Talking about the stop to the works of the realization of the metro due to the discovery of a pottery in the most ancient layers of the soil, or the impossibility of building a bridge-infrastructure-megaproject in defense of Yyyy view … in Italy it has become a cliché. The excessively conservative approach that characterizes Italians, or rather our technical and bureaucratic practice, is so ingrained as to cause discomfort and frustration, and in many cases significant economic losses and a brake on a possible better future.

It is a topic that is so easy to target, that it becomes a bar/funny topic and attracts the promotion of its exact opposite, even by teaching staff at the University: their praise to the Japanese example had at the time made a very easy breach in us students, who suddenly undermined our material and not very detached attitude towards monuments.

What do I mean? The Japanese do not have a tradition of restoration like ours, but, by virtue of tradition, collective memory and religious rituals, the majority of the most important temples are rebuilt every few years. This rebuilding process is called Shikinen Sengū; the greater the prestige of the temple, the greater the frequency of reconstruction (see the temple of Ise, rebuilt every twenty years since 690 AD).

This attitude was praised and embraced by teachers as a key against bureaucratic intoxication, as solutions to quibbles, nos, regulatory vetoes, forced museumization, and everything that “blocks” us. Although rules and bureaucracy can sometimes be limiting without any benefit, I want to break a lance in favor of our vision, since we very often tend to criticize harshly, exceeding on the other side.

Japanese culture has been extremely conservative for many centuries, and its technical progress has not been as fast as the European-Italian one. It was different, more aimed at internalization. Technically, progress has been little pursued, so there is very little difference between a building before the year 1000 and the end of the 1800s. This thought is not applicable to many Italian artisan masterpieces, not only because of the strong individuality that we recognize in the artist who performed a certain bas-relief, sculpture, etc. – but because most of the wisdom linked to ancient workings has been lost (or is in the hands of very few researchers and restorers).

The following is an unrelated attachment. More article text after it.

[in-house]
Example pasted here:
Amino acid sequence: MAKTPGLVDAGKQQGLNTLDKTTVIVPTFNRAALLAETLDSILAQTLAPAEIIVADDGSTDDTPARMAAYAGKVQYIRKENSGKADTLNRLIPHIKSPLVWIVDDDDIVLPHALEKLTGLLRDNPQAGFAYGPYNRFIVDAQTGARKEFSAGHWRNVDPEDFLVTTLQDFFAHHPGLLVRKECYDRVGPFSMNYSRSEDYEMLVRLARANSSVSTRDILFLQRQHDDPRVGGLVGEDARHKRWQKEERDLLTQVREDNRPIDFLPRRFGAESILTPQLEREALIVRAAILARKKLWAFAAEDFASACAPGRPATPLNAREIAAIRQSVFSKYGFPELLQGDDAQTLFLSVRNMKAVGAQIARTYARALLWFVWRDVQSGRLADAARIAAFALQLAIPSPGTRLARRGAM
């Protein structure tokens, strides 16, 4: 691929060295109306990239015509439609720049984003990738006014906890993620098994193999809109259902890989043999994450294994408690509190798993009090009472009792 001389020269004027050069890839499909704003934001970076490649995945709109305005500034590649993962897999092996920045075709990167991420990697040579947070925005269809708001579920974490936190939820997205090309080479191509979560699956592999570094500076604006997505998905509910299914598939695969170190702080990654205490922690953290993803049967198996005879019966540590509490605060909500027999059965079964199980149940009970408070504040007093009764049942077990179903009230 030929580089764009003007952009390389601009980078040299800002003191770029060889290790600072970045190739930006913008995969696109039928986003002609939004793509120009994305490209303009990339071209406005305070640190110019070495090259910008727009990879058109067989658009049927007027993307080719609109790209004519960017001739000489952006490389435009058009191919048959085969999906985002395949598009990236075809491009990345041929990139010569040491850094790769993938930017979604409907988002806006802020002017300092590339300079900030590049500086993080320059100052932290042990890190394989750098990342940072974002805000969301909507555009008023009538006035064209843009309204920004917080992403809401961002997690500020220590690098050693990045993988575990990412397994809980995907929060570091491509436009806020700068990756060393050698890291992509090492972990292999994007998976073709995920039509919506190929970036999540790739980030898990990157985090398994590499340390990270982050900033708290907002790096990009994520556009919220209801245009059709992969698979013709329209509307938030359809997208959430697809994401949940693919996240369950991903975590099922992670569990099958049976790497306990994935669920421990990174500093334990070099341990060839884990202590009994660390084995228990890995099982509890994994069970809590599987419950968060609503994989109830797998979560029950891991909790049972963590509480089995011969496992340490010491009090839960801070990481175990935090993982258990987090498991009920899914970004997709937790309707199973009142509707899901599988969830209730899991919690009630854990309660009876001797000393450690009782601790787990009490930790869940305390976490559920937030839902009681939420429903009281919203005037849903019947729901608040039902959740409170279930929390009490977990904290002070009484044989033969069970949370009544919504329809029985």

And if this is quite obvious, and it is clear that it was necessary to grasp the essence of this thought, that is not to nostalgically cling to the material, but rather embracing a broader knowledge that is not afraid of deterioration, of renewal, thanks to historical memory… well, restoring is not only more sustainable from a practical point of view, but it is also economic-ecological:

The old shrines are dismantled and new ones built on an adjacent site to exacting specifications every 20 years at exorbitant expense, so that the buildings will be forever new and forever ancient and original.


Imagine in our case the quantity of marble, gold, stone, bronze, stucco, plaster…

Unless I find unexpected reasons, I still can’t see the good of rebuilding from scratch where it was and how it was – then yes, better rather a nice picture framed in a museum bulletin board.

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